F or every complex problem there is a solution that is simple, neat—and wrong. This maxim has been attributed at various times to Mark Twain, H.L. Mancken and Peter Drucker as a wake-up call to managers who mistakenly think that making a change in just one part of a complex problem will cure the ails of an entire system. Everyday management thinking too often looks for straightforward cause-and-effect relationships in problem solving that ignore the effect on, and feedback from, the entire system.
The realization that simple, neat and wrong short- term solutions use up precious organizational time, money and creativity is propelling managers to think differently—to think about the synergy of the entire system, not just the sum of its parts. This approach of "systems thinking" applies the theories and tools of systems modeling to the affairs of human conduct in business, industry, government, community and beyond.
If systems thinking sounds like something evolved from a heady academic base, it is. Applying systems dynamics theory and dynamic systems modeling to managing human organizations comes primarily from a lofty venue, the Massachusetts Institute of Technology (mit), and the work of engineering and management professor Jay Forester. He was the first to have the insight—and audacity—to apply the seemingly simple concepts of "systems" and "feedback" to human affairs and social systems, such as commercial operations, schools and governmental bodies.
A "system" as Forester uses the word, refers to a collection of parts working interdependently to create a specifiable outcome. Feedback is the information about the performance of the system, that when returned to the system, can modify the system's behavior. These ideas have been used successfully by systems theorists for some time. Ludwig von Bertallanfy used these ideas to describe the self-regulating behavior of living organisms. Forester's own engineering mentor, George Brown, applied them successfully to the concept of self-regulating machines.
In Forester's view, systems often behave in ways that require a new way of thinking. Therefore, systems thinking is more than the simple act of applying precise and obvious logic to organizational problems. When looked at through the systems-dynamics lens, the ways systems ought to work—compared to how they really work—can be enlightening, or counterintuitive, to management.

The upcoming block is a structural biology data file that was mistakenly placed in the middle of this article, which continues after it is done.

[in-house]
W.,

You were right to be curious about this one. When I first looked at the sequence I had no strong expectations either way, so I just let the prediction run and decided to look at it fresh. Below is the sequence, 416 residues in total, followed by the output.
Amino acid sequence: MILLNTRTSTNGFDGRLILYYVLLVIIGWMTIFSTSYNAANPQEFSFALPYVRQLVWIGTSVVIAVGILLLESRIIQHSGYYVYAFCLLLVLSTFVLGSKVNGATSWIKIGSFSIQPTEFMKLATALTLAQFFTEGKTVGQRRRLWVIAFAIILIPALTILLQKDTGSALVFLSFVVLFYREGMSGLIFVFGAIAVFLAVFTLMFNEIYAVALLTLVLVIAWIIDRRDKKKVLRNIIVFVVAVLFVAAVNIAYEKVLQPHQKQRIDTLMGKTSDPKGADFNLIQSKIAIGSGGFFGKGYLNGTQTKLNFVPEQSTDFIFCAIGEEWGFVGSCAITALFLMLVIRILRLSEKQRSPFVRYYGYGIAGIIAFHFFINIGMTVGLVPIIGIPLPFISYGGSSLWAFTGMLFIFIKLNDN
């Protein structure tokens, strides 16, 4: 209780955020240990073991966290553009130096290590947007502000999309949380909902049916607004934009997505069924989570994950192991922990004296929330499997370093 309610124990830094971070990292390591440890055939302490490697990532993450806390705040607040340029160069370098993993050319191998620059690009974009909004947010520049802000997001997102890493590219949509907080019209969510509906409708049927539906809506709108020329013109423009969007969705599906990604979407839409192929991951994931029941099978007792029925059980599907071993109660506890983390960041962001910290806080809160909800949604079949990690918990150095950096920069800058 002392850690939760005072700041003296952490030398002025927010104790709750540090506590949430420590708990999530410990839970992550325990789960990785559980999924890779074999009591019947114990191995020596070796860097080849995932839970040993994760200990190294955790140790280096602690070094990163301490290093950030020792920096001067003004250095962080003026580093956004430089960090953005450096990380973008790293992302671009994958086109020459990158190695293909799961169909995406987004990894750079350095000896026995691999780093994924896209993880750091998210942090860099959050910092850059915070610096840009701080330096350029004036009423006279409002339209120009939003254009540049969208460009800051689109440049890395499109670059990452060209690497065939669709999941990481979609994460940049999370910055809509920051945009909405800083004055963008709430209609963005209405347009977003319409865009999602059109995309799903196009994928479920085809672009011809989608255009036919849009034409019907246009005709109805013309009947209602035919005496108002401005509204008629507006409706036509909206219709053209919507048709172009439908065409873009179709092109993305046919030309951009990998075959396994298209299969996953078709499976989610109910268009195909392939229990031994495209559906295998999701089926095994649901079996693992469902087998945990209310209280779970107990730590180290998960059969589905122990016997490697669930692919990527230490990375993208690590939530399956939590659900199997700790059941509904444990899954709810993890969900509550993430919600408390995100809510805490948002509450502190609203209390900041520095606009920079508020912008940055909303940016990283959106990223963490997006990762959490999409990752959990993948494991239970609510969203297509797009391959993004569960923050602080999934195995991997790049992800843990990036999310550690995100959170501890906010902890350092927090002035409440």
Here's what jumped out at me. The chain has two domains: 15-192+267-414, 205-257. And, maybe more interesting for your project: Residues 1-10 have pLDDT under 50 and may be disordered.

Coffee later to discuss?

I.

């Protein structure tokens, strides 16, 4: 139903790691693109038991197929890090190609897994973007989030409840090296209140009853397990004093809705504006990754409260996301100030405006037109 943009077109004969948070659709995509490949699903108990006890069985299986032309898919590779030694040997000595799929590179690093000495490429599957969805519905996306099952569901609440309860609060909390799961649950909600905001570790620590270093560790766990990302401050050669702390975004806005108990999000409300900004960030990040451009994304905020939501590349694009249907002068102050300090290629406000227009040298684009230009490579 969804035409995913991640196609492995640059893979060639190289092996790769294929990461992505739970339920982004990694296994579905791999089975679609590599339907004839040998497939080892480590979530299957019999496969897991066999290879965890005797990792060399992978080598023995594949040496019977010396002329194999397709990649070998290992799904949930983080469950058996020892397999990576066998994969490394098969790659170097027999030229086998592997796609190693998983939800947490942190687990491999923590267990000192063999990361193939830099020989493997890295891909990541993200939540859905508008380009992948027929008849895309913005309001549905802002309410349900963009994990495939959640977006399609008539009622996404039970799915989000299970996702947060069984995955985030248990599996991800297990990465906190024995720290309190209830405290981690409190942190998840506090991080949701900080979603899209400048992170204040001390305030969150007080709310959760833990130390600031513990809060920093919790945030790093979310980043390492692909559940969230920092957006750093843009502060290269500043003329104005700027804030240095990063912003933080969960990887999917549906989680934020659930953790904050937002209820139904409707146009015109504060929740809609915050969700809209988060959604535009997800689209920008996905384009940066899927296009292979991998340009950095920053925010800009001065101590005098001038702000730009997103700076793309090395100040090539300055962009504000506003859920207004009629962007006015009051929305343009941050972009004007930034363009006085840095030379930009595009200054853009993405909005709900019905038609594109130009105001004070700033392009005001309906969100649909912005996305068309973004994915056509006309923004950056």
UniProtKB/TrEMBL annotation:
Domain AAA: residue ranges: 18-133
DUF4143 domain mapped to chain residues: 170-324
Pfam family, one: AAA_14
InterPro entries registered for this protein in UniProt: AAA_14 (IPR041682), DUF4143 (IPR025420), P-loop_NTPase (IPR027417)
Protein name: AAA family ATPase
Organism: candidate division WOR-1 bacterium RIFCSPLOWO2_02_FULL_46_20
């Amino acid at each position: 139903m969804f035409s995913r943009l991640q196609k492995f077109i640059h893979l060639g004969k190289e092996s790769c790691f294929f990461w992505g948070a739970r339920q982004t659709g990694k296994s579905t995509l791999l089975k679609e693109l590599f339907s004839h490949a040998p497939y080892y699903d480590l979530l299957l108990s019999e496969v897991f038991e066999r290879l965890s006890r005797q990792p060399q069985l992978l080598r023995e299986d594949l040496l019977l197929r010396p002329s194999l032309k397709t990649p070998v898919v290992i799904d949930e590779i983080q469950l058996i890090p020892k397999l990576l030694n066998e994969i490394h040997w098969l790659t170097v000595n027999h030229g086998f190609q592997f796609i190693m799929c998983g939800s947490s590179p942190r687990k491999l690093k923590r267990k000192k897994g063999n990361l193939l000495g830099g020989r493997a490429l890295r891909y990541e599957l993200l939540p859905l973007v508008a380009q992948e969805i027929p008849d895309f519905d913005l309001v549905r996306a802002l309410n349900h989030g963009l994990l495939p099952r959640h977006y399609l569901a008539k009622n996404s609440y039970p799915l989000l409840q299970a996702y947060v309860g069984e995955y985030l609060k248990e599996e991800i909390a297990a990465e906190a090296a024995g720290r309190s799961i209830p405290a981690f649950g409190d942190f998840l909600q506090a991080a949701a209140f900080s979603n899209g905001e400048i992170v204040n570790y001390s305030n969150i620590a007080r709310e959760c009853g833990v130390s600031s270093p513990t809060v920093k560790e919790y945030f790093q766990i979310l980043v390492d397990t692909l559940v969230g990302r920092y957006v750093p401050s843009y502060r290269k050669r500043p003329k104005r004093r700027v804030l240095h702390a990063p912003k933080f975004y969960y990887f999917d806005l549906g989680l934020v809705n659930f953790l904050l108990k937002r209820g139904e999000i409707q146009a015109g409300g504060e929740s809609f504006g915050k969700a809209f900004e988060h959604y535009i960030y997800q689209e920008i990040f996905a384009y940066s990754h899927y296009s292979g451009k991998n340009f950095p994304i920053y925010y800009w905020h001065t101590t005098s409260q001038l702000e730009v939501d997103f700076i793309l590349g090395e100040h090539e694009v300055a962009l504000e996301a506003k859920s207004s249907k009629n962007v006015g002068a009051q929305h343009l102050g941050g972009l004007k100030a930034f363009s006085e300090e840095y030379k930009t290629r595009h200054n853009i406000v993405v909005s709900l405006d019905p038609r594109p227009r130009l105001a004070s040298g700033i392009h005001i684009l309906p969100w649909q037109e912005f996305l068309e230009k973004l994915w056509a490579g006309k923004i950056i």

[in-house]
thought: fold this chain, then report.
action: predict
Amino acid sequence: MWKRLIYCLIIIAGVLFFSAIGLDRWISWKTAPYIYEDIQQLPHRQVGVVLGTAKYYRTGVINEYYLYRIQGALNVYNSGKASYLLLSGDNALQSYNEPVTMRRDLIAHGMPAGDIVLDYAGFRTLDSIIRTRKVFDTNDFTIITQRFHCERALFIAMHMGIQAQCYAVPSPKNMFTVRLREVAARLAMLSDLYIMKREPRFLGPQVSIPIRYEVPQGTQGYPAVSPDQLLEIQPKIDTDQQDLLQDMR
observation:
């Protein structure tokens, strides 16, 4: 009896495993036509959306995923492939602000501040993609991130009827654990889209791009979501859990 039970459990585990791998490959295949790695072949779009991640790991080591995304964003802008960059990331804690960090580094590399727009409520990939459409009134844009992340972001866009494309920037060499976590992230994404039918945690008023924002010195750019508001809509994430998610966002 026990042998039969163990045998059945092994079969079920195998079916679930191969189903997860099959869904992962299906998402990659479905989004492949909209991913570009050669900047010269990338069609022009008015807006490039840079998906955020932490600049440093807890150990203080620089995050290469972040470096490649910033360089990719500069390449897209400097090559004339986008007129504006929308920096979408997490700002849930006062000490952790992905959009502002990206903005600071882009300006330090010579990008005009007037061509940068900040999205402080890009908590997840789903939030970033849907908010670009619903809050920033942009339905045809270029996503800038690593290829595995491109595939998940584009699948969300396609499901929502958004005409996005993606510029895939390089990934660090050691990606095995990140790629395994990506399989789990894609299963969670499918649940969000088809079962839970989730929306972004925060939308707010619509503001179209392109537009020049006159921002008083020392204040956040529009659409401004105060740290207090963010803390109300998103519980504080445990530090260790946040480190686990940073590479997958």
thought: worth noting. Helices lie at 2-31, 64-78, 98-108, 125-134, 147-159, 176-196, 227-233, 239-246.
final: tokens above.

Peter Senge, author of best-selling The Fifth Discipline: The Art and Practice of the Learning Organization (Currency Doubleday, 1990) and a leading proponent of systems thinking as a management discipline, uses a simple story to illustrate the counterintuitive—and thus hard to master—nature of systems thinking:
"Jim Boswell, a friend of ours who grew up on a farm, points out that farm children learn naturally about the cycles of cause and effect that make up systems. They see the links among the milk the cow gives, the grass the cow eats, and the droppings which fertilize the fields. When a thunderstorm is on the horizon, even a small child knows to turn off the floodgate on a spring-water well, for fear that runoff carried downstream by the rains will foul it. They know that if they forget to turn off the floodgate, they'll have to boil their water, or carry it by bucket from far away. They easily accept a counterintuitive fact of life: The greatest floods represent the time when you must be most careful about conserving water." (The Fifth Discipline Field Book, Currency Doubleday, 1994)
Learning to think in terms of the nonobvious in relation to business processes is not necessarily an easy task for managers schooled only in linear or assembly line-like thinking.
A Simple But True Story
Counterintuitive results can plague any—if not most—problem solving efforts when managers don't think in whole system terms. Witness the seemingly simple case of controlling fan rowdiness at a sporting event. Embarrassed that inebriated fans had made spectacles of themselves during a nationally televised Monday night professional football game, the operators of a domed stadium came up with a straightforward, logical plan: stop serving alcoholic beverages at half-time. Then peace, rather than wholesale pandemonium and on-camera arrests, would reign.
To the planners' chagrin, the approach backfired: Drunken rowdiness simply commenced earlier. Stadium management, reluctant to exclude all in-stadium drinking because of the dire financial consequences, decided to step back and look more broadly at the situation. To their astonishment, they learned that it wasn't the consumption of alcohol on the premises that had led to the majority of the rowdiness problems. Rather, the high spirits could be traced to excessive drinking and partying at surrounding establishments and parking lot tailgate parties before the gates even opened. Once management instituted a policy of denying stadium access to those fans who were obviously over-the-limit, the level of mischief-making and overzealous merriment was reduced to an amount easily dealt with by normal stadium security.